Cubs offense has been buoyed by ridiculous slugging percentages

The Cubs are scoring plenty of runs – but their recipe might be unsustainable.

David Ross’ Chicago Cubs rank third in baseball with an .813 OPS so far this year. They trail just one club, the San Diego Padres, in total runs scored (38) – and those offensive efforts have helped the club overcome a disastrous bullpen in the season’s first week. 

When you look at those numbers, you feel pretty good with where the Cubs sit. But if you decide to peel back some layers (think ogres and onions), the outlook might not seem as rosy to you.

Although Chicago ranks near the top of the game in several offensive categories, including the runs, home runs, OPS and slugging percentage – several other markers don’t paint as promising of a picture. The Cubs enter Friday’s series opener against Pittsburgh with a lineup that’s been carried, in large part, by a few key guys.

Anthony Rizzo leads the team’s qualified hitters with a 1.265 OPS (although David Bote has been scorching hot of late, evidenced by a 1.783 OPS). Javier Baez, Willson Contreras and Nico Hoerner have all played key roles, as well – but from there, several names should draw more concern than they’re getting in most circles.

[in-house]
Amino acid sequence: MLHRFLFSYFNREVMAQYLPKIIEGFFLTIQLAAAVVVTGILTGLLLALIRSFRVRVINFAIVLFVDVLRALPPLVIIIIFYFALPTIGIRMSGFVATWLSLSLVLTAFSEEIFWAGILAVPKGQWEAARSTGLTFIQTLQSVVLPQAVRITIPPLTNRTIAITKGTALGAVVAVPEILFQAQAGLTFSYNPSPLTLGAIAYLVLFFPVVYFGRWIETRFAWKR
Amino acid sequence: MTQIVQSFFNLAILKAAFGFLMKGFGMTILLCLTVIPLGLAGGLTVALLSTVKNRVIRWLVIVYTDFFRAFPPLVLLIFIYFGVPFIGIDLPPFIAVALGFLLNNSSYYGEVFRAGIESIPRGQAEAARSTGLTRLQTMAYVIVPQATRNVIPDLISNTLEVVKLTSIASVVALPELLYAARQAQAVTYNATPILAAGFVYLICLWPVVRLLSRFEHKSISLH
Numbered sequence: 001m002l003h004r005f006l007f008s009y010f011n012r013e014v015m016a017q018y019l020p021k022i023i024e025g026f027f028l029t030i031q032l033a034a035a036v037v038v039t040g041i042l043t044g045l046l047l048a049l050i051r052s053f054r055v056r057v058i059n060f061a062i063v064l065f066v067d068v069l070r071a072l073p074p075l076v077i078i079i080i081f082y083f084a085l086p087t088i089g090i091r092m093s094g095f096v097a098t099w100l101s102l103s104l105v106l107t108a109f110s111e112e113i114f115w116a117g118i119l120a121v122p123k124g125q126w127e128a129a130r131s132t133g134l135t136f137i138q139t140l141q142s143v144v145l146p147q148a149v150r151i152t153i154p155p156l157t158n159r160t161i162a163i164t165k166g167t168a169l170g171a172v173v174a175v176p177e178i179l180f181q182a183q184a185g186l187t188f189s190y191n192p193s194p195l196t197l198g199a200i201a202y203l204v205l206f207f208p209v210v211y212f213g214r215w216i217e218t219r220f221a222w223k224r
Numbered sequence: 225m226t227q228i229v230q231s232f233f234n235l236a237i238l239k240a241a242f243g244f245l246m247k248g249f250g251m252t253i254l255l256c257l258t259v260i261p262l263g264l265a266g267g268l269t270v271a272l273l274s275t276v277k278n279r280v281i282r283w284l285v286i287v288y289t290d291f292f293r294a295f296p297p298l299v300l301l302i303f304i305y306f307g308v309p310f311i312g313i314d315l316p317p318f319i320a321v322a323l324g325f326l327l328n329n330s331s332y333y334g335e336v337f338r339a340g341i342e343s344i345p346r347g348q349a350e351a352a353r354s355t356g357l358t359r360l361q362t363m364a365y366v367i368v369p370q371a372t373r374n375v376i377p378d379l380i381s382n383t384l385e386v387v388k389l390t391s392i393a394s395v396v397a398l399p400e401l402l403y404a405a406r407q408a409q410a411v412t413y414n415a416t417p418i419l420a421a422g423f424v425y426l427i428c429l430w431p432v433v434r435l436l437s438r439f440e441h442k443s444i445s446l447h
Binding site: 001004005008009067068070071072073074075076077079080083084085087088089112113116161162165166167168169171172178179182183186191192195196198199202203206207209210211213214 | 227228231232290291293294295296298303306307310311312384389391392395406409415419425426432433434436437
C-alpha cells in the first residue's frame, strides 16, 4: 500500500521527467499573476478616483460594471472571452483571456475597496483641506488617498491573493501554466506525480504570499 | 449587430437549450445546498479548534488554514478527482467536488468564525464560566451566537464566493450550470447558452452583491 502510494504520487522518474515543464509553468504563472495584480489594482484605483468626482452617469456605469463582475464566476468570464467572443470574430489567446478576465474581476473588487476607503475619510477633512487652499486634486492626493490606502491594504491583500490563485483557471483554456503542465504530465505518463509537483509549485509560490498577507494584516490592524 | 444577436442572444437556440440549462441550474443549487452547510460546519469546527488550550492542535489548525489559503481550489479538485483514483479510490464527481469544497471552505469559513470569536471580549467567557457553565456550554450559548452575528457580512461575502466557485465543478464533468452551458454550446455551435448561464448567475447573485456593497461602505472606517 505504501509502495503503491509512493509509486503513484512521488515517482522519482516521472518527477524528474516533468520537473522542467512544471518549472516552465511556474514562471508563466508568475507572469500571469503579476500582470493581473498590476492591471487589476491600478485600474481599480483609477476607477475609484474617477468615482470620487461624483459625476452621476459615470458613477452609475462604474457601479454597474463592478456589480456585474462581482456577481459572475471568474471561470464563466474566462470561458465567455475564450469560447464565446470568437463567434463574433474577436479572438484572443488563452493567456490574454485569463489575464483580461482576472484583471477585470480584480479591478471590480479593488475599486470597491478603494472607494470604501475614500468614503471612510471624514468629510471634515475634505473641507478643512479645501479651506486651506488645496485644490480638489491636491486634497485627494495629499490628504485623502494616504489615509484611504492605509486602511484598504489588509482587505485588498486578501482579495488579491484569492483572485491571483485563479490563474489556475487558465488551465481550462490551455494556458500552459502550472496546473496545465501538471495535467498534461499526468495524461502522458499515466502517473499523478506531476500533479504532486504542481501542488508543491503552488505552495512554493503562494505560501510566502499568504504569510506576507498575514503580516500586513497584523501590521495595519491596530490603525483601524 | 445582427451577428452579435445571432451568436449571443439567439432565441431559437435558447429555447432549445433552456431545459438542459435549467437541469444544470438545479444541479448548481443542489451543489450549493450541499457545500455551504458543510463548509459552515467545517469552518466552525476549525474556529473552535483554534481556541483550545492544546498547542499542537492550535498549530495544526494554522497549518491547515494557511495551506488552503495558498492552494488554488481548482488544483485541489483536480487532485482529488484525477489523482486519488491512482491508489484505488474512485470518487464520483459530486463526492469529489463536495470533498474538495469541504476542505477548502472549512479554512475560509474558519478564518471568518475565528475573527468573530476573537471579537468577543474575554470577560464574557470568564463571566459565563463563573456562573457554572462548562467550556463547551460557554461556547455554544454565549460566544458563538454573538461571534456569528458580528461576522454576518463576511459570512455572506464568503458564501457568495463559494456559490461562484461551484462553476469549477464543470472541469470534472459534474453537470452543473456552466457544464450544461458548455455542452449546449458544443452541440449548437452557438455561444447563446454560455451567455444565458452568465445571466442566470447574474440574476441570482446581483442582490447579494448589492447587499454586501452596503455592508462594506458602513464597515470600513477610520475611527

Ian Happ, who got off to a hot start and has seen the bulk of the team’s reps in center field, has just a .286 OBP – and has struck out in 33 percent of his plate appearances. Obviously, we know about Happ’s swing-and-miss tendencies; last season, they led to his spending most of the year at Triple-A Iowa.

Kyle Schwarber is hitting just .227 on the year; although his .320 OBP is a bit more palatable. But after a breakout performance in 2019, in which he blasted a career-high 38 home runs, I think we’re all expecting big things from the slugging outfielder this season.

Two of the biggest question marks right now are Jason Heyward and Kris Bryant. We know Bryant is working through a lingering elbow issue that’s definitely got him off to a slow start, but Heyward has been rolling over balls again – and through his first 15 at-bats, carries a disappointing .369 OPS.

Next: Cubs bullpen has potential to cost the team everything

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Focusing on OBP and slugging percentage has carried the team so far. But if they want to maintain this momentum, they’ll need to start adding some base hits to the mix that don’t leave the yard.